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Verbal Volleys Fly at EGM

Tuesday, 15 Jan 2008 | 8:16 AM ET

Northern Rock threatens to withhold coffee unless angry shareholders wrap things up on time. Metaphors of dogs on leashes and captains of ships fly, as a beleaguered chairman faces the silky eloquence of activist investors.

After an hour and a half at the Northern Rock EGM and there was blood everywhere.

The verbal artillery had been flying and Northern Rock Chairman Bryan Sanderson had been driven to pleading for fewer questions from shareholders. In fact, he even proposed cajoling stake holders to withhold their ire by offering beverages ONLY on the condition that they wrap up after two hours. Thereafter: no coffee, no biscuits.

Earlier the board had laid out its stall, telling all why they should vote down the proposals from the activist hedge funds. But the silky eloquence of RAB's Philip Richards and then the "Honest Jon" patter of SRM's Jon Wood had the gray vote swooning.

Wood especially sought to right the impression that he was a poker-playing gambler, a bluffmeister extraordinaire and out for only a quick buck.

"I don't even play poker," Wood said. "And I don't bluff and I've been a shareholder for eleven years." Wood spoke the language of a man seasoned by a hundred-plus corporate battles, telling his willing audience, Northern Rock board excepted, that it was not the time to panic.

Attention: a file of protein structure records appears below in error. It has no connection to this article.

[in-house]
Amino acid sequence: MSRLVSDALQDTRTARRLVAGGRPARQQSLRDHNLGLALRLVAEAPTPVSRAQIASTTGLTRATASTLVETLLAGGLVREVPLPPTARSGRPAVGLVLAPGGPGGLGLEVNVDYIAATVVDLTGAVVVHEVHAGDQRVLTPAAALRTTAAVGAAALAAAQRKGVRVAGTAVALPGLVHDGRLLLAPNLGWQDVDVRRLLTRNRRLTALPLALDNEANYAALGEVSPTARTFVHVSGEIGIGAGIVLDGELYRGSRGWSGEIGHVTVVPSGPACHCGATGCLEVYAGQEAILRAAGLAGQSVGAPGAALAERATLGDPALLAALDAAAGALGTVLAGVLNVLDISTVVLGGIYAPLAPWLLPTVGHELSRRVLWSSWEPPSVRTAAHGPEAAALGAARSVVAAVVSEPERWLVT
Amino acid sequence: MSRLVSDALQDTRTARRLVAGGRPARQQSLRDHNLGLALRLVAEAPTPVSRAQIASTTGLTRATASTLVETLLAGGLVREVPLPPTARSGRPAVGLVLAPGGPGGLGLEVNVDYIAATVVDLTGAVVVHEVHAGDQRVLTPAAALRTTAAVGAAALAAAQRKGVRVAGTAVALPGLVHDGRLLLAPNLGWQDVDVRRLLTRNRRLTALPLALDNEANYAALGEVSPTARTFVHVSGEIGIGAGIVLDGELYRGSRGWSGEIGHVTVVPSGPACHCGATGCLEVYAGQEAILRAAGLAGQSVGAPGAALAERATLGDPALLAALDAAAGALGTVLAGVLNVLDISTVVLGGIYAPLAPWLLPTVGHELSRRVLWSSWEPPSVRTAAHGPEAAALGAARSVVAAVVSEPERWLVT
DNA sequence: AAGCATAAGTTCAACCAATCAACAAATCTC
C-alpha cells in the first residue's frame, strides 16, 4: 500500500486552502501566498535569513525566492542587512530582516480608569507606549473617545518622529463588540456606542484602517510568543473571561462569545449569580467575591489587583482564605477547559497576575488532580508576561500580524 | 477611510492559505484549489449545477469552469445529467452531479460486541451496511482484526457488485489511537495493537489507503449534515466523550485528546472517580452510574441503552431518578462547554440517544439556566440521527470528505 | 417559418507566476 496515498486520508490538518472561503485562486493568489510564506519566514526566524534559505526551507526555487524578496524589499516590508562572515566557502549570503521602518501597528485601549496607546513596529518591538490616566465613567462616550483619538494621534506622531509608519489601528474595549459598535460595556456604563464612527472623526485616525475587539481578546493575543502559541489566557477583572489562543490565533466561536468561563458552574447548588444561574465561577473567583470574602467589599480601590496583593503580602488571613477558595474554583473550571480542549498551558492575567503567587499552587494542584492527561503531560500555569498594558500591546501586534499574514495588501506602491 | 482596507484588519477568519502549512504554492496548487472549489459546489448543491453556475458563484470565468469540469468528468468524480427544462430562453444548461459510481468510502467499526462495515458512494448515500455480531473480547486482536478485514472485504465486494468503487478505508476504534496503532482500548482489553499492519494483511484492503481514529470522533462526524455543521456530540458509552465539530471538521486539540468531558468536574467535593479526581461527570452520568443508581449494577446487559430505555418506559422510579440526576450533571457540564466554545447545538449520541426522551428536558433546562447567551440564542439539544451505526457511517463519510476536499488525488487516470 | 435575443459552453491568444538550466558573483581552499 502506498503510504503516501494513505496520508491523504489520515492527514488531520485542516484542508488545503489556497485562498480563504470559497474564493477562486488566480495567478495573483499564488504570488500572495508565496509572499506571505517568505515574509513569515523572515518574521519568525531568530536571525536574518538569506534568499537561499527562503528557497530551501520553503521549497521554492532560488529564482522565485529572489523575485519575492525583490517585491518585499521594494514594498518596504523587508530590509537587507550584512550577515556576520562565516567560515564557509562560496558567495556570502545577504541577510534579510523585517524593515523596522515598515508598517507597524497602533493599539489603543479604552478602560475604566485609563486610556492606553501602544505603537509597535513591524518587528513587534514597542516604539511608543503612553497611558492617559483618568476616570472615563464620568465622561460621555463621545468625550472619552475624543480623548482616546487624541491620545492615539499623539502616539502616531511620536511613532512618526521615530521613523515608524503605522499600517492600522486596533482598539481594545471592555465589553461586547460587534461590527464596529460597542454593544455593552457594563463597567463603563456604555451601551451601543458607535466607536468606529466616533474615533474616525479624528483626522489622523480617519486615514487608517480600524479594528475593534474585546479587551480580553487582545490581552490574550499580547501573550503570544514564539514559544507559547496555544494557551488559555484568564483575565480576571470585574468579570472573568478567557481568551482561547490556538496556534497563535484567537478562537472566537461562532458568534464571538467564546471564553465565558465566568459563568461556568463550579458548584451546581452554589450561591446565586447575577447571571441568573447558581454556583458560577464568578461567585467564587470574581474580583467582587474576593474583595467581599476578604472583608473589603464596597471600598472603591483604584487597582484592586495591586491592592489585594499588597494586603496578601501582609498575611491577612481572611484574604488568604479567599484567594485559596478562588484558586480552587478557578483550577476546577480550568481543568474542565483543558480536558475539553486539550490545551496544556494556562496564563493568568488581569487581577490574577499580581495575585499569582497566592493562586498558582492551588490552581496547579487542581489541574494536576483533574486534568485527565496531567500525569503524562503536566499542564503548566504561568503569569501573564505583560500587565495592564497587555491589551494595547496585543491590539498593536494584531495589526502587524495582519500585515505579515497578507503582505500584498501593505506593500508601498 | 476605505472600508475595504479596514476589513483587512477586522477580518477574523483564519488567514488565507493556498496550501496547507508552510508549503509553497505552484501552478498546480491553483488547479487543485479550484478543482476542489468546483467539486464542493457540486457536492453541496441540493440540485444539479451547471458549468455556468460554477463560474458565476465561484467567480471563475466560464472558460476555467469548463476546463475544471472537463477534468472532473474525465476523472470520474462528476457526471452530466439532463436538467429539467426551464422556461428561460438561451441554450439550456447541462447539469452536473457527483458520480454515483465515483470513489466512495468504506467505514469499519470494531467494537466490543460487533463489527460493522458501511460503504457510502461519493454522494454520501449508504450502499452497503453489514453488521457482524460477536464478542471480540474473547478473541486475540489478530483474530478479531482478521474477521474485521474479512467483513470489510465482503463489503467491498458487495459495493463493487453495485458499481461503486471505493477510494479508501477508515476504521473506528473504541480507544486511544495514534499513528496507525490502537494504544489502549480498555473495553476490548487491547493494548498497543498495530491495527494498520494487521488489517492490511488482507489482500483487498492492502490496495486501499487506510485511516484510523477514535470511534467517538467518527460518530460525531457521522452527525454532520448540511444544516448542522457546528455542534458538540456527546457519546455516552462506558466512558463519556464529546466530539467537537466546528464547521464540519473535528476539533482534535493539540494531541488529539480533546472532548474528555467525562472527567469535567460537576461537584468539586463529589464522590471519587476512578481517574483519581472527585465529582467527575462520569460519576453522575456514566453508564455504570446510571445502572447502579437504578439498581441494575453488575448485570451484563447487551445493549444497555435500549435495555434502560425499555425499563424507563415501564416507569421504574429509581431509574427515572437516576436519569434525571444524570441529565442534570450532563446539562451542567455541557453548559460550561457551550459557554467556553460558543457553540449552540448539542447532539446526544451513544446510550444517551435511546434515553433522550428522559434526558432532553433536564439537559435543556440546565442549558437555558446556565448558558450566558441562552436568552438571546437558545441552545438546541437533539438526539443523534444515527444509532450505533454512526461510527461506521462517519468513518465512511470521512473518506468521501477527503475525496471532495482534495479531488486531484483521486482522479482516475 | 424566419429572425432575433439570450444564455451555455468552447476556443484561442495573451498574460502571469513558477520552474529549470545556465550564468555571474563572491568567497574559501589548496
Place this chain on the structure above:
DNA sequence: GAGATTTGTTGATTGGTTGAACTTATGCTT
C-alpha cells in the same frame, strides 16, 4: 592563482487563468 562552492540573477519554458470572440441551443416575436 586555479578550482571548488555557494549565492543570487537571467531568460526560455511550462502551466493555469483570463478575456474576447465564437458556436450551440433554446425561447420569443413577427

This is not the time to sell assets on the cheap, he added. Togetherness was all the rage as Curzon Street's finest held the floor. Then came the curve balls from the massed shareholders. By and large, it seemed to me that the shareholders attending were angry and it was the board that just had to take the verbal punishment. After all losing 93% of your investment value in one year buys you a little time on the rostrum, no?

One shareholder told us about his dog, which needed to be kept on a short leash. He said the hedge funds' proposals would provide him and his peers with just such a short leash for the board. Sanderson bit back at this point, referring to himself as the captain of a ship who just would not be able to navigate the storm if you took away half his navigational instruments ... all very Titanic? No, just a thought.

Another blamed the media for the escalation of the crisis. I looked away at this point. You got the wrong man there guv'nor, honest. The barrage went on. An angry stakeholder then pointed out that it wasn't a question of nationalization or not. He said that it was already nationalized in effect to the tune of 1500 pounds ($3000) for every UK taxpayer.

Then, for me, came a point from the floor which summed up the whole saga. An enthusiastic shareholder, mortgage holder and depositor to boot made the point that Northern Rock was a wonderful institution that deserved the biggest support. After all it was Northern Rock who helped his nephew onto the housing market when no one else would lend him a penny.

That's kind of how this whole crisis started, isn't it?